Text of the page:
God Desired to Bring Merit To Israel

  • Harav Aharon Lichtenstein
The Israel Koschitzky Virtual Beit Midrash


Student Summaries of Sichot of the Roshei Yeshiva
Yeshivat Har Etzion





God Desired to Bring Merit to Israel

Adapted by Dov Karoll

Behold, I have taught you statutes and judgments, as the Lord my God commanded me, that you should do so in the land where you go to take possession of it. (Devarim 4:5)

These are the statutes and judgments, which you shall take care to do, in the land which the Lord God of your fathers gives you to possess all the days that you live upon the earth. (Devarim 12:1)

The second section of Sefer Devarim contains many mitzvot, and this concentration gives rise to the question of whether we are to seek underlying rationales for mitzvot. Chazal and the Rishonim offer different approaches to this issue.

One approach is that there is no rationale for mitzvot. A more moderate view is that each mitzva has a rationale, but it is not known to people, or that it is not meant to be knowable by people. A third approach is that the rationale behind the mitzvot can be understood, with various explanations regarding what exactly can be known.

The Rambam (Moreh Nevukhim 3:26) explains that, while Chazal dispute this question, we follow the approach that claims that we are mandated to delve into the rationales of mitzvot. However, there is a Mishna (appearing in two places, Berakhot 33b and Megilla 25a) that seems to contradict this position. Regarding the mitzva of sending away the mother bird when taking the eggs, the Mishna rules:

If one says, "Your mercy extends to a bird's nest" … he is silenced.

The clear implication of this teaching is that there are at least some limits to what can be known about the rationales behind the mitzvot.

This, however, is not to say that nothing can be known. Regarding a general sense of purpose to the mitzvot, the Mishna says (Makkot 23b, appearing also at the end of each chapter of Pirkei Avot):

Rabbi Chananya ben Akashya says: God desired to bring merit to Israel; therefore, He gave them the Torah to study and many mitzvot to fulfill.

In what way does the multitude of mitzvot serve as a greater merit? One can understand this on a several levels.

First, the existence of more mitzvot provides opportunity for accruing more merits, for accumulating more credit on one's Heavenly register.

Secondly, the Maharal speaks of the great metaphysical impact that mitzvot have, and how this is increased and intensified by the abundance of mitzvot.

Third, the Ramban, in his commentary on the mitzva of sending the mother bird away in this week's parasha (Devarim 22:6-7), cites the Rambam's explanation in Moreh Nevokhim about the rationale behind this mitzva, which deals with the compassion parents have toward their children. The Ramban then goes on to explain that the Rambam is correct when he claims that there is a rationale for every mitzva. However, this benefit does not have to be understood in theological terms, from God's perspective, but rather can also be understood in terms of its benefit to man.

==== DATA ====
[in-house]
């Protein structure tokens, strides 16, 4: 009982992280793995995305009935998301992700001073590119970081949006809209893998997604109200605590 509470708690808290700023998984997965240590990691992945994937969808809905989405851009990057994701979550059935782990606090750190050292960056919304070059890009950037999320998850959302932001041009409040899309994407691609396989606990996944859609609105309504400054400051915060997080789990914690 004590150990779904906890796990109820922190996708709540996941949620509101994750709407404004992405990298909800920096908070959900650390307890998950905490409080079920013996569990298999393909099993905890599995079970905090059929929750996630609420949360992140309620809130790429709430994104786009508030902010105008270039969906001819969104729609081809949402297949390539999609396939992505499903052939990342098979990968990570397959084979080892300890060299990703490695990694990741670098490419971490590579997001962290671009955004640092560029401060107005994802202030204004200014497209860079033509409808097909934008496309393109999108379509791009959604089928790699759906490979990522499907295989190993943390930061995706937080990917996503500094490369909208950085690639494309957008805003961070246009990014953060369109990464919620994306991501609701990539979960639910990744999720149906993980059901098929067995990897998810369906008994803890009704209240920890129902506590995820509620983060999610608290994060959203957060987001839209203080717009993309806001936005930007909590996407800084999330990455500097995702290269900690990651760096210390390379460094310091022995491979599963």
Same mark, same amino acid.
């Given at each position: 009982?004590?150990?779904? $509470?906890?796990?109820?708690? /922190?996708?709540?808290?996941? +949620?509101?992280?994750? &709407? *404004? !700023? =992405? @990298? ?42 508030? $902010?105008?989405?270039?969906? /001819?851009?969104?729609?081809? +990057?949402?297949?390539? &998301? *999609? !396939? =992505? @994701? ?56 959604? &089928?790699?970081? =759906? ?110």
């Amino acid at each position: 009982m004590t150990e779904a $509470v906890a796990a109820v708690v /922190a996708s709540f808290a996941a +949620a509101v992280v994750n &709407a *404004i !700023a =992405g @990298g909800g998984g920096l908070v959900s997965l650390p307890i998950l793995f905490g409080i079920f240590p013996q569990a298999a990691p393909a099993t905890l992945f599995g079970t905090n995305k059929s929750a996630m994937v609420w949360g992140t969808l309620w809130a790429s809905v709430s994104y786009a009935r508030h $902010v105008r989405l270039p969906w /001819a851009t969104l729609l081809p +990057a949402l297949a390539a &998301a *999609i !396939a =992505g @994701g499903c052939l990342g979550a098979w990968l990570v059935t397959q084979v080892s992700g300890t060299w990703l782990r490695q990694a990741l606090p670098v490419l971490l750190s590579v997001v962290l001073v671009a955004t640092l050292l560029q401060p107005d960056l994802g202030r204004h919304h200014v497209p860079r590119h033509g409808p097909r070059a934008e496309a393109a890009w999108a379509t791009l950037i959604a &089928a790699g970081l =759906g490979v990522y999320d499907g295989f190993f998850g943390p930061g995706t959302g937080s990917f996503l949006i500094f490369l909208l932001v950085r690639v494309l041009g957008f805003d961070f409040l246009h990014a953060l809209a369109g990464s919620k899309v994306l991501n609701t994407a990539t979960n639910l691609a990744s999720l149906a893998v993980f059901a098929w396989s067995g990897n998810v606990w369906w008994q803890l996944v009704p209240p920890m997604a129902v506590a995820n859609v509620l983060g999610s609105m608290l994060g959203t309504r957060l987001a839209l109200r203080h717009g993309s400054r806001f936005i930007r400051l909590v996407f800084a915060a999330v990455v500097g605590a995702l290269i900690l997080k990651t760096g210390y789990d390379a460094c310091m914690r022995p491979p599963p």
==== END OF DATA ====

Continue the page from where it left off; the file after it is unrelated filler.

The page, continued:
And regarding the mitzvot which the Rambam finds difficult to explain in terms of God's perspective, their purpose lies in the improvement of man.

This is a very religiously humanistic approach; the purpose and rationale of mitzvot is to be understood in terms of their impact on the human religious personality. God gave us many mitzvot to give us greater opportunity to improve ourselves and to come closer to Him.

This is manifest in many ways, for example, regarding the mitzva of tzedaka. The verse states, "For the poor shall never cease out of the land " (Devarim 15:11), but the purpose of giving tzedaka is not only to eliminate poverty. Man needs to give tzedaka, even if he cannot solve the problem entirely. And regarding the mitzva of sending away the mother bird, the Ramban seems to emphasize the idea, based on the Midrash in Bereishit Rabba (44), that the mitzva is meant to subjugate man to the Divine command and thereby purify him. Once again, this emphasizes the idea of what man gains from the mitzva, and not the way God relates to the birds.

Near the beginning of the speech of the mitzvot, Moshe tells the people that the mitzvot are given for their good (Devarim 10:12-13):

And now, Israel, what does the Lord your God require of you, but to fear the Lord your God, to walk in all his ways, and to love him, and to serve the Lord your God with all your heart and with all your soul, To keep the commandments of the Lord, and his statutes, which I command you this day for your good?

What good is this speaking of? Not of some physical good, not even of reward, but of improvement of man through mitzvot, and of the opportunity to come closer to God. Throughout this section of Sefer Devarim, the phrase "shema Yisrael, listen Israel" is repeated several times. This phrase, especially in its most famous application, also brings this idea into clear focus. One needs to listen carefully, to decipher what it is that God wants of us, to accept the yoke of Heaven, and, through this, to grow in our service of God. By listening carefully to the word of God, we can come to this recognition.

By applying ourselves to follow the word of God and to internalize its messages, the abundance of mitzvot can indeed serve as a merit, as an opportunity to come closer to God and to become better servants of God. Let us bear this in mind as we approach the days of repentance and the beginning of a new year.

God desired to bring merit to Israel; therefore He gave them the Torah to study and many mitzvot to fulfill!

[This sicha was delivered on leil Shabbat, Parashat Ki Teitzei, 5762 (2002).]